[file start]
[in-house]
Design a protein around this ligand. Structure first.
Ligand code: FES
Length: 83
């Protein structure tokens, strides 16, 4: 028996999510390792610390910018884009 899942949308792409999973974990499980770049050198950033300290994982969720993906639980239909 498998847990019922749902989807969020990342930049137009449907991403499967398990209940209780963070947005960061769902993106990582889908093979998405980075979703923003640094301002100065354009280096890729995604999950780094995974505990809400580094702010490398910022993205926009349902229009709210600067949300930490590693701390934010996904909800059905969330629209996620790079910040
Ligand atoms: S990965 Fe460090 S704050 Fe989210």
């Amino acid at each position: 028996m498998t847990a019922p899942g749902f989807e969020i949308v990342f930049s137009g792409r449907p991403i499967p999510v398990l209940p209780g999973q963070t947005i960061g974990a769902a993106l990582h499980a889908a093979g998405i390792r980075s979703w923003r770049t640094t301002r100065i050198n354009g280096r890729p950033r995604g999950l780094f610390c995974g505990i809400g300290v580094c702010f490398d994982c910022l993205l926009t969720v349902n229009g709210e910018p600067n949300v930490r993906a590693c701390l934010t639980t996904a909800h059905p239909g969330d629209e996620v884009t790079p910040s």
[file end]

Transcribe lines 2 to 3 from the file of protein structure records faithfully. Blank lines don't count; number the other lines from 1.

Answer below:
Design a protein around this ligand. Structure first.
Ligand code: FES